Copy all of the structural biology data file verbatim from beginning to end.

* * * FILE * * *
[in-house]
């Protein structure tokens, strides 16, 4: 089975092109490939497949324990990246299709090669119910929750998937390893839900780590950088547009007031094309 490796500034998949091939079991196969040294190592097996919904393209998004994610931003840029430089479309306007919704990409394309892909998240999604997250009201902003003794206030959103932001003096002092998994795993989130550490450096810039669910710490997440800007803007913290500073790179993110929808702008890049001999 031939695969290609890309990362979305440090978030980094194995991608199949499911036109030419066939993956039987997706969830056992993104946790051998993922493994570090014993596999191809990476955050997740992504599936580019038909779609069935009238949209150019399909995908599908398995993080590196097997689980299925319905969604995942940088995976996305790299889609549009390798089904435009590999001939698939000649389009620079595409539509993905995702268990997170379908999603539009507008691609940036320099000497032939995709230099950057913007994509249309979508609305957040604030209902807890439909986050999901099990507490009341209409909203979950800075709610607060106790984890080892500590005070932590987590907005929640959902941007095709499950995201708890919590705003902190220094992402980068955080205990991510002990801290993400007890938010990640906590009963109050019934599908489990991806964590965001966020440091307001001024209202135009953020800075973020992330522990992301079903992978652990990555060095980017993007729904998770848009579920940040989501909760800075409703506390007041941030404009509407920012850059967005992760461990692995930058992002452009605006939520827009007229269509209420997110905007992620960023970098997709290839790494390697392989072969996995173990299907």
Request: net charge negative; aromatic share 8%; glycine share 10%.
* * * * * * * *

[in-house]
């Protein structure tokens, strides 16, 4: 089975092109490939497949324990990246299709090669119910929750998937390893839900780590950088547009007031094309 490796500034998949091939079991196969040294190592097996919904393209998004994610931003840029430089479309306007919704990409394309892909998240999604997250009201902003003794206030959103932001003096002092998994795993989130550490450096810039669910710490997440800007803007913290500073790179993110929808702008890049001999 031939695969290609890309990362979305440090978030980094194995991608199949499911036109030419066939993956039987997706969830056992993104946790051998993922493994570090014993596999191809990476955050997740992504599936580019038909779609069935009238949209150019399909995908599908398995993080590196097997689980299925319905969604995942940088995976996305790299889609549009390798089904435009590999001939698939000649389009620079595409539509993905995702268990997170379908999603539009507008691609940036320099000497032939995709230099950057913007994509249309979508609305957040604030209902807890439909986050999901099990507490009341209409909203979950800075709610607060106790984890080892500590005070932590987590907005929640959902941007095709499950995201708890919590705003902190220094992402980068955080205990991510002990801290993400007890938010990640906590009963109050019934599908489990991806964590965001966020440091307001001024209202135009953020800075973020992330522990992301079903992978652990990555060095980017993007729904998770848009579920940040989501909760800075409703506390007041941030404009509407920012850059967005992760461990692995930058992002452009605006939520827009007229269509209420997110905007992620960023970098997709290839790494390697392989072969996995173990299907």
Request: net charge negative; aromatic share 8%; glycine share 10%.